NEAR OSO, Wash. -- As the days pass and the rain returns, the mud and silt slowly starts to wash away.
Wednesday, it revealed pieces of Summer Raffo's bright blue car still buried in the dark, heavy mud that had consumed it.
Dayn Brunner got the news from a family friend.
"She called me crying and said, 'We found Summer,'" said Brunner.
Among the twisted metal, a seat was still intact. Brunner and his son made their way into the mud-filled field, 500 yards from the road she'd last travelled.
"I reached around her upper torso and pulled her out. Two other guys were on her legs and they assisted pulling her out," Brunner said.
Brunner had found his sister. It's all Summer's family wanted - to find Summer and to say goodbye.
"And I did I had my moment. I got to say the words I wanted to say, I got to hold her. I got to hold her for my mom and I got to say the words that my mom wanted to say to her," said Brunner.
As the chopper moved in overhead, the digging stopped and the saws fell quiet. Brunner and his brothers embraced, as their sister's body was carried away.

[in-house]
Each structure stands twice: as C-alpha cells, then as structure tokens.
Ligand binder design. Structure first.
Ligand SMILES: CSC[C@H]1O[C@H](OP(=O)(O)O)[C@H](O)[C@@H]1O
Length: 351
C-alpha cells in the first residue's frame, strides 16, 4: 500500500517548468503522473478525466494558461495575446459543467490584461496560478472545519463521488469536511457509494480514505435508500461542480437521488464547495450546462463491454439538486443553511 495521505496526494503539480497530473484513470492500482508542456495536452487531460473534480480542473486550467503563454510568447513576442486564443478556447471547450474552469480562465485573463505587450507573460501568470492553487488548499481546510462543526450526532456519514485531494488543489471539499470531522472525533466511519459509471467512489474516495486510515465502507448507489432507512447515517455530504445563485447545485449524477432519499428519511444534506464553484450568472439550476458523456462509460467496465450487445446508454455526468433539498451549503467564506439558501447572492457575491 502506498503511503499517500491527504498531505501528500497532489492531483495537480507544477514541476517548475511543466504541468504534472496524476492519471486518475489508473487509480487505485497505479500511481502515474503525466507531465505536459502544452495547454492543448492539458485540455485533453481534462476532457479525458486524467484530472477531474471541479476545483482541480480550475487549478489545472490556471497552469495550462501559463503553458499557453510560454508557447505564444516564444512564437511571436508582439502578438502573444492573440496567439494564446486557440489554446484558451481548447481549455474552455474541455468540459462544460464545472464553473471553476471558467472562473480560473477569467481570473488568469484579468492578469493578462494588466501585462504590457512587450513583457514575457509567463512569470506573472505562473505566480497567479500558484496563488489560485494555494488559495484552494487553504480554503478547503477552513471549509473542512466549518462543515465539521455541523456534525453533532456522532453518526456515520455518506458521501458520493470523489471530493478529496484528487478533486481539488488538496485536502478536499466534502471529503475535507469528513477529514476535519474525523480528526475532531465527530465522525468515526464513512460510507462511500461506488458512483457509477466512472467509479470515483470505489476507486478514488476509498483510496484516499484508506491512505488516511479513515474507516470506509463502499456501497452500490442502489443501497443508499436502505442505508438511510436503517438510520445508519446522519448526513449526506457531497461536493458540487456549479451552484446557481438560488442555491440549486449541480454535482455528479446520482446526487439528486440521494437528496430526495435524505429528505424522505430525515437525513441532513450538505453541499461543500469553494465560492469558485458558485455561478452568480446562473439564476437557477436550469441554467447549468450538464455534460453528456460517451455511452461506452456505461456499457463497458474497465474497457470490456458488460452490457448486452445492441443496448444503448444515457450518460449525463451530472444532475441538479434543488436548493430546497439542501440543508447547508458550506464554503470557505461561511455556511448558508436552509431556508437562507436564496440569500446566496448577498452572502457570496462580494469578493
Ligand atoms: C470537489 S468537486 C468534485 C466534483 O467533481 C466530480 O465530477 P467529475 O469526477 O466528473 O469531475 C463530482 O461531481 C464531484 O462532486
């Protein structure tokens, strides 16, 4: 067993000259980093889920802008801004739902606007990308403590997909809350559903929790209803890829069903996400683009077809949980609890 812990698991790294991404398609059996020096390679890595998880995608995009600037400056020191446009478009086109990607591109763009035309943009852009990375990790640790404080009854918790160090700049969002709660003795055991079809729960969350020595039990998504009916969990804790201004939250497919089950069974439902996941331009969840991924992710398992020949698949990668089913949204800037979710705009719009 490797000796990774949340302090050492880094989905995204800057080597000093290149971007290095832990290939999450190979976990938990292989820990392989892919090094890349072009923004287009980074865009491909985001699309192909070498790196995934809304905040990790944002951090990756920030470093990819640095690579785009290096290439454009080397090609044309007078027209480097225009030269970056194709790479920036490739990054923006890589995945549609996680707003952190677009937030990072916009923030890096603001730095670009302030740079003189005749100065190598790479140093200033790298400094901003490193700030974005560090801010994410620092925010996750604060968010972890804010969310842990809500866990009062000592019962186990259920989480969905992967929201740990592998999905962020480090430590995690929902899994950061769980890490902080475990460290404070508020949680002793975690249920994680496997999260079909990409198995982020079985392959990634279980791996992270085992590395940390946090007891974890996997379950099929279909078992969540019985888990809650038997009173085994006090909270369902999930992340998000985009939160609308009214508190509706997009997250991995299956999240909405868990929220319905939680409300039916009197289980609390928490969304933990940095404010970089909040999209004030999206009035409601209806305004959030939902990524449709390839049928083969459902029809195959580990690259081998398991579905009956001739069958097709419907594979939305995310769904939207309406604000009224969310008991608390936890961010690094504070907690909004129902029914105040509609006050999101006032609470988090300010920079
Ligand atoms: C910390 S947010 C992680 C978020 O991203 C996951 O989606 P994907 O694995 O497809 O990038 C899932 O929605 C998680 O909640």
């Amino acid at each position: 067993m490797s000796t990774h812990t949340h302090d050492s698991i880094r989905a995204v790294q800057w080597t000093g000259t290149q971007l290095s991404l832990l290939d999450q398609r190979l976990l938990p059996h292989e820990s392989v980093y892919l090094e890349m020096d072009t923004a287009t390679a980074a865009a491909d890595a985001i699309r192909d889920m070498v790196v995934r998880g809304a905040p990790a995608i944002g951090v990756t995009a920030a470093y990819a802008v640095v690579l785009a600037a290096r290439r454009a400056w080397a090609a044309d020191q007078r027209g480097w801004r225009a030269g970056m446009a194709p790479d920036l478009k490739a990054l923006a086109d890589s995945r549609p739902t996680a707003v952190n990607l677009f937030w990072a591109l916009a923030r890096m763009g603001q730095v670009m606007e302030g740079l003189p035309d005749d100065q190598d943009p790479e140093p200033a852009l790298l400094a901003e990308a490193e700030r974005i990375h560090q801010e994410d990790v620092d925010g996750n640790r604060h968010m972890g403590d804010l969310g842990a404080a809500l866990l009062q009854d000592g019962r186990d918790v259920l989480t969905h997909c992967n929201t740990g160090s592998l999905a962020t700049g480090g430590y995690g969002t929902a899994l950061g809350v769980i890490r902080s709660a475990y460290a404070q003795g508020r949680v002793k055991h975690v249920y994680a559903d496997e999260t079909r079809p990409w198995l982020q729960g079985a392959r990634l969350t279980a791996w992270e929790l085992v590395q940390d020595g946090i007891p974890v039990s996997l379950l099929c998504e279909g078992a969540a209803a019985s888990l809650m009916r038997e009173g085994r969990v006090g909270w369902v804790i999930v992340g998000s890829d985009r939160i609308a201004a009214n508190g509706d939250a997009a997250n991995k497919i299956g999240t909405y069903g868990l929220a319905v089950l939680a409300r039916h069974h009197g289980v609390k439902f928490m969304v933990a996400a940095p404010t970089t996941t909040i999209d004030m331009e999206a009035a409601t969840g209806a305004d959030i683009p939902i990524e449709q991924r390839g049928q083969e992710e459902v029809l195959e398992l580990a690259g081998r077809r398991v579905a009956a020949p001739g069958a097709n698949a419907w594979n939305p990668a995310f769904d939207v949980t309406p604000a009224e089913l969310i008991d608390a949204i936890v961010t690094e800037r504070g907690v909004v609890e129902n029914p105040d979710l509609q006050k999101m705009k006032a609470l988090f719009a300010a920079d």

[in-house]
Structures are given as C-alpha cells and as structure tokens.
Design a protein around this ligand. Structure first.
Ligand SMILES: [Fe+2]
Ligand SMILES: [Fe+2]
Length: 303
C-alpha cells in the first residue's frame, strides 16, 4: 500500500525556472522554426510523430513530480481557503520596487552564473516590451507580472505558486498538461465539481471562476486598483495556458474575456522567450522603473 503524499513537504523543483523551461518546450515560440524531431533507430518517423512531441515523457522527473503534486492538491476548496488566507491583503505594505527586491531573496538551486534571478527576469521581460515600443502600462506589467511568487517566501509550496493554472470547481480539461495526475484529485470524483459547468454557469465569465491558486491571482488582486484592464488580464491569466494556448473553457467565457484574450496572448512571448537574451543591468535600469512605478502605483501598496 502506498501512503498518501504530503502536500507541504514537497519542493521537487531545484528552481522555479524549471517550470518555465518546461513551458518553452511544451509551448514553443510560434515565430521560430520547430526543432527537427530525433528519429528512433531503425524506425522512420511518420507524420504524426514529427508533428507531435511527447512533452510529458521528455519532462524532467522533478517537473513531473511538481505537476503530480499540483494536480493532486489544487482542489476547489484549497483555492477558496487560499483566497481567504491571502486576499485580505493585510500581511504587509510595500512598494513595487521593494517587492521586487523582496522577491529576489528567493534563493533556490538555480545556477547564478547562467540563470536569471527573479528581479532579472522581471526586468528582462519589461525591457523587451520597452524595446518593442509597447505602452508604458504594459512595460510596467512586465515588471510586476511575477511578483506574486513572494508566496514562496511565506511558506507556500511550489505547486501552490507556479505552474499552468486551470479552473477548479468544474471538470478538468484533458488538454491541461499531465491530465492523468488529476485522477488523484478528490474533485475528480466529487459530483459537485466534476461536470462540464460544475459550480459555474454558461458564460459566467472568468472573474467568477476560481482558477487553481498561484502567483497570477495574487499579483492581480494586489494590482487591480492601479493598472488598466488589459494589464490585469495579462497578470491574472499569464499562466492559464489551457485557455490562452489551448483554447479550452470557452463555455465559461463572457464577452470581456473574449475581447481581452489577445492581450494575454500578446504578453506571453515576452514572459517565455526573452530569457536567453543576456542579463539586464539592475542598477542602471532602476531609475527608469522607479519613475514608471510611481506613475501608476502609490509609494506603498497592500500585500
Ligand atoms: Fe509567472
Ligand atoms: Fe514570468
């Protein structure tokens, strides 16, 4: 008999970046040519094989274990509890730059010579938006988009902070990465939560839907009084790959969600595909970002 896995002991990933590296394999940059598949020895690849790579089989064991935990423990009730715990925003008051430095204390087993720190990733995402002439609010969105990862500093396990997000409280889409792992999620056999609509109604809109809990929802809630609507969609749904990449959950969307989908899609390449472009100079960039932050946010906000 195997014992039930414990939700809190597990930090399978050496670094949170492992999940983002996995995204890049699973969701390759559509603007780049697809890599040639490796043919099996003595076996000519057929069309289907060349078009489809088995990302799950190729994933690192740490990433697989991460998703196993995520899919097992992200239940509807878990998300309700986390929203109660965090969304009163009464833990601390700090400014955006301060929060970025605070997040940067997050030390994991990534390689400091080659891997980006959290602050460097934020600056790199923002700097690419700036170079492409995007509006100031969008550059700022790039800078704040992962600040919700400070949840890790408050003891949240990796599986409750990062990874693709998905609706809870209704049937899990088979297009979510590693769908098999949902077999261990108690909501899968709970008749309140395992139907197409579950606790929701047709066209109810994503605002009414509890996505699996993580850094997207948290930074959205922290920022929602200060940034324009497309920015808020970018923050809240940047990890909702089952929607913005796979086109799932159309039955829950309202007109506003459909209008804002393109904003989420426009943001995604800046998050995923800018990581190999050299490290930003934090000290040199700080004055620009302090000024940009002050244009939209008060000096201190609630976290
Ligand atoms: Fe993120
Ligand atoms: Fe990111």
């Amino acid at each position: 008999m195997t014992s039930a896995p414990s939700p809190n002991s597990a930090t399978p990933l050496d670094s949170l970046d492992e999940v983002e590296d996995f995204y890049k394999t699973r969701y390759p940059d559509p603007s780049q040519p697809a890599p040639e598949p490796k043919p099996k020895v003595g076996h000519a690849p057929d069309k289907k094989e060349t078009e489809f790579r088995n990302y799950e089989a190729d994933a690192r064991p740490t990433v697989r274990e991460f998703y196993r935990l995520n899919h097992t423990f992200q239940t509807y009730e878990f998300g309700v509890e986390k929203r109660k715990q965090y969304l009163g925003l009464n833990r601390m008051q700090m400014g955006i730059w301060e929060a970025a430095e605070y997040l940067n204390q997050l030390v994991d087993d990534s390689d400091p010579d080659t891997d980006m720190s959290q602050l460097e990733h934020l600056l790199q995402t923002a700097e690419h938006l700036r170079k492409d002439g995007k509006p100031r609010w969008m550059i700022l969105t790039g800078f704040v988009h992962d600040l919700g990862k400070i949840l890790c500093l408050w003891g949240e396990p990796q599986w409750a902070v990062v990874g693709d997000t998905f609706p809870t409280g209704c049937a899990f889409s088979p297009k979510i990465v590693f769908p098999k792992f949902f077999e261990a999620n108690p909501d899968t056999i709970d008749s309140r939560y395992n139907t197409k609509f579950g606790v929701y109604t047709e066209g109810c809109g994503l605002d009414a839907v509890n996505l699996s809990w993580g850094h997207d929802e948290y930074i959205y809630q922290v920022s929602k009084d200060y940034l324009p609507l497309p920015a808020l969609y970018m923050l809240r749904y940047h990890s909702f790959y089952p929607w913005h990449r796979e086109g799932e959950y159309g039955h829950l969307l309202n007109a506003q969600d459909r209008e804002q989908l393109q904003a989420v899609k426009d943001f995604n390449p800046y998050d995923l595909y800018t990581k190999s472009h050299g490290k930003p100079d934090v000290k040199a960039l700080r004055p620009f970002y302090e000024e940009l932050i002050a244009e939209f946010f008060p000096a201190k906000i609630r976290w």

As with every recovery since the disaster, first responders paused too and grieved.
"You see seasoned veterans in this business, they start to tear up, their eyes get glossy. And it's kind of their way of paying respects to these peoples' loved ones that have been lost," said Travis Hots, Snohomish County Fire Chief.
"To stand there and actually watch it happen, watch them do it for my sister? It's awe-inspiring," Brunner said.
So there is closure for Dayn Brunner. But his work isn't over, because the town of Darrington is Brunner's family too.
"I want to help them experience the same closure that I've experienced,” he said. “I want to be back out there with all those guys who came running over to that car when they knew it was her."